Children’s yoga classes have grown immensely – with new yoga lovers born daily. Many parents turn their children to yoga as a way to help them relax, and counter stress from piles of homework, competition activities, and packed schedules. Yoga postures along with specific breathing techniques are designed to stimulate specific areas of the body and the brain resulting in a release of tension.
The result for many is a powerful feeling of relaxation, inner strength and the ability to quiet one’s mind in order to be fully present in the movement. Children practice sitting still and engaging in the quiet art of controlling their bodies. This results in most children emerging calmly from their classes. Yoga is especially helpful for calming overstimulated kids.
Aside from decreasing stress, yoga is also helpful in building strong muscles and increasing flexibility. There are several styles of yoga including hatha yoga which focuses on merging energy from the left (ha) side of the body with the right (tha) side of the body in the centre of the spine. Iyangar yoga focuses on moving one’s body into alignment. Much attention is given to aligning the postures correctly and props such as straps, blocks, and pillows are often used.
In Kripalu yoga, the style focuses on an introspective and meditative form of hathe yoga focusing on slow-moving postures, breathing, opening body energy, and stress reduction. Kundalini yoga focuses on strong breathing and dynamic exercise. Viniyoga is a relaxing and restorative yoga form, which focuses on flow and breathing techniques to enhance the therapeutic effects of each posture.
The final form, ashtanga or power yoga is a very high-energy and dynamic form, which requires strength to keep up. Classes involve a constant flow of nonstop, connected movements along with breathing and locks. However, power yoga is not suited for children under any circumstances. Yoga is beneficial to children since it is a non-competitive activity they can engage in to help wind down.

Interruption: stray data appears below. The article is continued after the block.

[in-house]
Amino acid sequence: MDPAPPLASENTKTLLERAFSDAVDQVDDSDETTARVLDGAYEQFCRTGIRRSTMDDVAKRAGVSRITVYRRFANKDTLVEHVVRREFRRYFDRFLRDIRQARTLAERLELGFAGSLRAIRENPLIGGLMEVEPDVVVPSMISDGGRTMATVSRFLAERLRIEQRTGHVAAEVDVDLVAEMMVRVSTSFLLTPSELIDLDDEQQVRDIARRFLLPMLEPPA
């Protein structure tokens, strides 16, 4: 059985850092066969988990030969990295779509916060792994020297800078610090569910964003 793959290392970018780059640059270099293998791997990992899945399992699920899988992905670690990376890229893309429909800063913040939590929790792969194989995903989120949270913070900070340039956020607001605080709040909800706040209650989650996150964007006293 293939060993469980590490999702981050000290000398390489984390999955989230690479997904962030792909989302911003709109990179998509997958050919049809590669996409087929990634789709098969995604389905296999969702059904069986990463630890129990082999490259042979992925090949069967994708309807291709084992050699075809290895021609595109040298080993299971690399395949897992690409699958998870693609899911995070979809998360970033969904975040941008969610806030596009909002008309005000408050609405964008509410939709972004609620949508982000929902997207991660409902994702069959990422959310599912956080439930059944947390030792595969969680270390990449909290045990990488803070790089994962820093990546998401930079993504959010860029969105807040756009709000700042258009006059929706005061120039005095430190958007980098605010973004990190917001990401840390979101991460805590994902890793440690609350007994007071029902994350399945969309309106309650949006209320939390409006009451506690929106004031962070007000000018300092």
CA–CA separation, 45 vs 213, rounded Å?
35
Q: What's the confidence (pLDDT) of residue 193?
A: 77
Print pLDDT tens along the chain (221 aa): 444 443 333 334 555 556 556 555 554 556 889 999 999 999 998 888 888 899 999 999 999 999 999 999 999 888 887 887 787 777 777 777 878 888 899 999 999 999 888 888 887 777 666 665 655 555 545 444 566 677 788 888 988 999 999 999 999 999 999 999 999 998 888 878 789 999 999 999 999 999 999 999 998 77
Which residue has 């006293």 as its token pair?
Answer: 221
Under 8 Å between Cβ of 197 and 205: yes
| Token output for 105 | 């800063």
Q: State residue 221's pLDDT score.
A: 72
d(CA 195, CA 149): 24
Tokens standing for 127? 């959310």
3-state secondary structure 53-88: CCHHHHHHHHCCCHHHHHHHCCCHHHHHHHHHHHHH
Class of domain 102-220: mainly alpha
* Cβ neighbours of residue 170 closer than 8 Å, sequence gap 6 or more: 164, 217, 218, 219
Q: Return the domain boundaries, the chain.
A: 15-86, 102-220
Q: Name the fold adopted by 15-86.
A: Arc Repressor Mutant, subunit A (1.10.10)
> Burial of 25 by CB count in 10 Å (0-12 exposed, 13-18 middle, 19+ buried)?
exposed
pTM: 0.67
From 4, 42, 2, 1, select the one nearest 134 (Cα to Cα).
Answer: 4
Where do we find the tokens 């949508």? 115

Yoga has been shown to benefit both hyperactive and attention-deficit children by helping to instil calmness, relaxation, and body awareness. Children as young as 4 and 5 can start taking yoga and enjoying the benefits. For children’s classes, you want a less strict and less intense feel than adult classes offer. Classes generally last around 45 minutes, and many places offer Mommy and me classes that are perfect for toddlers.
Classes should end with some form of guided meditation to help your child learn how to wind down. You want to look for a certified instructor who has experience working with children and has a deep passion for yoga. Look for a studio that is comfortable so muscles stay loose. Classes cost approximately $5-$15 per class, with the equipment costing approximately $20. This also increases yoga’s attractiveness.